Second to sound, light and illumination played a large role in meeting Bennet’s design aspirations. In the kitchen a clearstory soffit faces 1st Avenue, bouncing in the sun’s diffused rays from the south-facing exposure during the day and emitting a glowing glimpse of ethereal nothing outward at night. Like the piano, the home automation package includes Lutron Lighting, one of more than just a handful of products Bennet painstakingly researched, selected, and in several cases, personally sourced to secure exactly what he wanted at the best price there is.

“We were given legacy information about the kitchen package, the windows, engineered hardwood floors, the garage door, and such because they’d gone through the process several times before we met,” says Tomecek with a grin. Product and material selection and getting client commitments can be challenging and cumbersome in custom-homes; Bennet’s confident choices were well-defined and welcome.

Thinking beyond the now, Bennet and Tomecek also conceived of ways for the home to evolve with changing contexts. Flexibility in use, from Bennet’s point of view, not only had to consider multiple uses of a space but how the home could be easily maintained, reconfigured, and adapted to changing circumstances – foreseeable and otherwise.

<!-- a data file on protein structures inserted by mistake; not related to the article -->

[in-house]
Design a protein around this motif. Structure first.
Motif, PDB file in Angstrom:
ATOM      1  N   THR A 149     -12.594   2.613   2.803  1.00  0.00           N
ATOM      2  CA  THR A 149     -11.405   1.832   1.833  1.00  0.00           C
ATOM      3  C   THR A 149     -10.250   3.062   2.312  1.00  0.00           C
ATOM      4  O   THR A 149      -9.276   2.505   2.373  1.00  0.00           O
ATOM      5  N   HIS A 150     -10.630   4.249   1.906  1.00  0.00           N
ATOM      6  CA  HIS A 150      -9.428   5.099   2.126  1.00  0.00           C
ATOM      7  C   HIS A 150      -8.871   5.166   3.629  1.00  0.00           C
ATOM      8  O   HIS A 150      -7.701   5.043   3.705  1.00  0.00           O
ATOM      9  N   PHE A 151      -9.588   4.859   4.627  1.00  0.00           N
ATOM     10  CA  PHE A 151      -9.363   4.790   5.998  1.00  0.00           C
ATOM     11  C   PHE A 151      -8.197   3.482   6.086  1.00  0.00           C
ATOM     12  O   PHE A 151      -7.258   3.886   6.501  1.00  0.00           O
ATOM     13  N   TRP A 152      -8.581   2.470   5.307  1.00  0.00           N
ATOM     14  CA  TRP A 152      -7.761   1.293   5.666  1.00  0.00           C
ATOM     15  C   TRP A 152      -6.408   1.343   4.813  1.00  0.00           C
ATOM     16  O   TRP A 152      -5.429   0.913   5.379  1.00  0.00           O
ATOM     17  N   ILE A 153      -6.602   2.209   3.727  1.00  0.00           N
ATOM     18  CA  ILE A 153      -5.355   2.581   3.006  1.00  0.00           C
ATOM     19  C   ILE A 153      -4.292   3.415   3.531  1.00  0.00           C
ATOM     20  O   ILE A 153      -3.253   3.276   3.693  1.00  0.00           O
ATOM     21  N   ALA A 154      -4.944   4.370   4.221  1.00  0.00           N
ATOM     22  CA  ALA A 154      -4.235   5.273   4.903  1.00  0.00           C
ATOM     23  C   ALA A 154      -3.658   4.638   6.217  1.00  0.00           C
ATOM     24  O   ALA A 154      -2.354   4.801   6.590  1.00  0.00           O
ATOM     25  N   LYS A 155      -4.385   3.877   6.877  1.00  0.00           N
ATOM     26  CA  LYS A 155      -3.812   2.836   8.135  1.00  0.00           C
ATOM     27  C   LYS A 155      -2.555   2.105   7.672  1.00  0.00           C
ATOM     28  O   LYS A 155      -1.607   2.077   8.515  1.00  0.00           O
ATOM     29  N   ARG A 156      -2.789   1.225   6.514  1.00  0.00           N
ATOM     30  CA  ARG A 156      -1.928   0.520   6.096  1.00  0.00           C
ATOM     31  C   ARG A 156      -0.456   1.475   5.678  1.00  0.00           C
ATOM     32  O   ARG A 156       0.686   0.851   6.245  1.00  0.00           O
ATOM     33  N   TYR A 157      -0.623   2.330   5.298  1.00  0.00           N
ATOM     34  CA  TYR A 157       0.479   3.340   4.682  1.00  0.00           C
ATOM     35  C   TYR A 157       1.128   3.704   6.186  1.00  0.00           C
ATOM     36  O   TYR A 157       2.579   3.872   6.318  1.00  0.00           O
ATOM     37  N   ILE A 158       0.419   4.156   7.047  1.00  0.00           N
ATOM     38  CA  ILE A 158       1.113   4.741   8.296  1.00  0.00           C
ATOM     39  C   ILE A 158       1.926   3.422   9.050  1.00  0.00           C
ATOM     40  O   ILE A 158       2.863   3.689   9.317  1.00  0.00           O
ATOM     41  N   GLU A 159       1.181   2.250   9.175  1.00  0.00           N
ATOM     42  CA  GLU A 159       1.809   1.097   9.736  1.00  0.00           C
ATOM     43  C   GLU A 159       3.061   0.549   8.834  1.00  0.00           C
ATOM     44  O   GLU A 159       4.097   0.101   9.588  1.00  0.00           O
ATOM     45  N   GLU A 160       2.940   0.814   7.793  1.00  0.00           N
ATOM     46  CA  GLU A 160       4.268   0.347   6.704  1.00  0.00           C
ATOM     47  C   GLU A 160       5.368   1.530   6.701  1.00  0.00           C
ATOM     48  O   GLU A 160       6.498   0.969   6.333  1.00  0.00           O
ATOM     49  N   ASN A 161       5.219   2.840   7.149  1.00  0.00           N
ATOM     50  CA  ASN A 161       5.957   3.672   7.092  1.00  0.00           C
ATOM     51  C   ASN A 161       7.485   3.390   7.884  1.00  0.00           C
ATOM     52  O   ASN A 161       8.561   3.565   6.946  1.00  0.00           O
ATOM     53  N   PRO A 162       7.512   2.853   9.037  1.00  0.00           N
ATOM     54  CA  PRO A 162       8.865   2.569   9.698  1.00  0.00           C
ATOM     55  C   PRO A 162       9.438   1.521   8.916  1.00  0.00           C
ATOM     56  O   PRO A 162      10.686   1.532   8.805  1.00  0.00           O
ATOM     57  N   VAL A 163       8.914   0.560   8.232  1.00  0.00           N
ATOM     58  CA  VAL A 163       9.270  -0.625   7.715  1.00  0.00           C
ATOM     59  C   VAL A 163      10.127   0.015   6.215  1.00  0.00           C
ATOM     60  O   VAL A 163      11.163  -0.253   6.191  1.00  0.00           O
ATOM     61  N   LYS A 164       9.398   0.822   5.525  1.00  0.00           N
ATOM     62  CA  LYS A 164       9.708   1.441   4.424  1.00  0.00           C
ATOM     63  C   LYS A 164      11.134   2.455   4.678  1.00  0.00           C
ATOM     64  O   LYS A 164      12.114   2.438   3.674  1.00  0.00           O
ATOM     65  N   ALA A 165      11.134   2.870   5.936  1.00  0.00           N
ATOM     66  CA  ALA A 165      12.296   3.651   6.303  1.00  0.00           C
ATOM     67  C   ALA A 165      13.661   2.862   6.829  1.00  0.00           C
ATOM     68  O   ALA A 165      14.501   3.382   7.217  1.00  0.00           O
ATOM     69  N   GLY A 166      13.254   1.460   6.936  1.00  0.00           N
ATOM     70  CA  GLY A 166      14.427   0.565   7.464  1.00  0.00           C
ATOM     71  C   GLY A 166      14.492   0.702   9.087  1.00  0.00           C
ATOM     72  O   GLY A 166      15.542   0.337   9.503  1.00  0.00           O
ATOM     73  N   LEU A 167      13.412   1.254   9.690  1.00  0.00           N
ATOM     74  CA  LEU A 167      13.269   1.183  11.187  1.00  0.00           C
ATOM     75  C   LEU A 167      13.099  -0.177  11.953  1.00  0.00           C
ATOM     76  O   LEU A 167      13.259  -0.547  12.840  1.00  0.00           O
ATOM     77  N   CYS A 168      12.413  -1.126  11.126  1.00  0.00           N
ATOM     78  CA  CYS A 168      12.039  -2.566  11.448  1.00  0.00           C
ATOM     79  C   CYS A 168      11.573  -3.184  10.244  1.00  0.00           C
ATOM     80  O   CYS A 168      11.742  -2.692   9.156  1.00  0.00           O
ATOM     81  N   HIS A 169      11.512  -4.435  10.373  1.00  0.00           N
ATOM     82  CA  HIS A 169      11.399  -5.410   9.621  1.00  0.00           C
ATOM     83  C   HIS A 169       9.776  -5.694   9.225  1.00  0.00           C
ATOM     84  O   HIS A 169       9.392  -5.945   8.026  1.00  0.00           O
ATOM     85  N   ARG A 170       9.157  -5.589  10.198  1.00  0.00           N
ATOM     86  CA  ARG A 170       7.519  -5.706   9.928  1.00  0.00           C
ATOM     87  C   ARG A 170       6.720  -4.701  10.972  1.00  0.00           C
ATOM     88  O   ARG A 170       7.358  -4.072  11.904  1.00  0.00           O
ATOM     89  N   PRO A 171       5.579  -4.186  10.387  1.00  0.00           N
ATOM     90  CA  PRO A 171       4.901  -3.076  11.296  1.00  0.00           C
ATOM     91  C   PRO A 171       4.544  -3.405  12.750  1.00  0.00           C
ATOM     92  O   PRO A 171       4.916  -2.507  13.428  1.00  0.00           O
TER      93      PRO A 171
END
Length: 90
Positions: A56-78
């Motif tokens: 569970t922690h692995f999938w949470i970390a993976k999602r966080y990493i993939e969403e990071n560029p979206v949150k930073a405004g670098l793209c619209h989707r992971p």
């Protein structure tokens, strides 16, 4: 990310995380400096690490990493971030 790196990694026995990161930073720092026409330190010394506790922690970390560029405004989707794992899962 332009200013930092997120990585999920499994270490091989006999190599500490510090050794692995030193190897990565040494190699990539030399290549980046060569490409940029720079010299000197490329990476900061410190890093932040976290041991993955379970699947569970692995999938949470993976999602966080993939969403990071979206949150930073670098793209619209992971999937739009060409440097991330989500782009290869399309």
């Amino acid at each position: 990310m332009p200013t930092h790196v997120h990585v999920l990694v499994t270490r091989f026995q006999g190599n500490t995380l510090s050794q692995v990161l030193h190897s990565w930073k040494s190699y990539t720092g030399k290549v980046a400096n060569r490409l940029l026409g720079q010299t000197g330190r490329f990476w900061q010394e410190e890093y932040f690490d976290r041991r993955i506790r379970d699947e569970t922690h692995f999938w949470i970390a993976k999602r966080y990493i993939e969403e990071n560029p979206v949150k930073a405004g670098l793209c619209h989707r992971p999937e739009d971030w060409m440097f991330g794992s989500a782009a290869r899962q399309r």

“By building in a little extra plumbing, the design accounts for easily converting the first-floor office and powder room into a master suite, for instance,” says Tomecek. Accounting for the possibility of easily consolidating living requirements to a single-level considers aging-in-place and options for future owners as well. Solar panels and daylighting join a planned roof-top herb garden in making the home a sustainable asset well into the future as the neighborhood around continues to change.

“We knew we wanted something very different than what we were living in when we started,” says Bennet proudly. “Brad was able to transform big dreams and wild ideas into an amazing living experience that’s more than a house. For us, it’s home.”

The perforated metal scrim adorning the front of the home is patterned from the pipe configuration of an organ, a subtle reinforcement of everything that matters in the owner’s vision.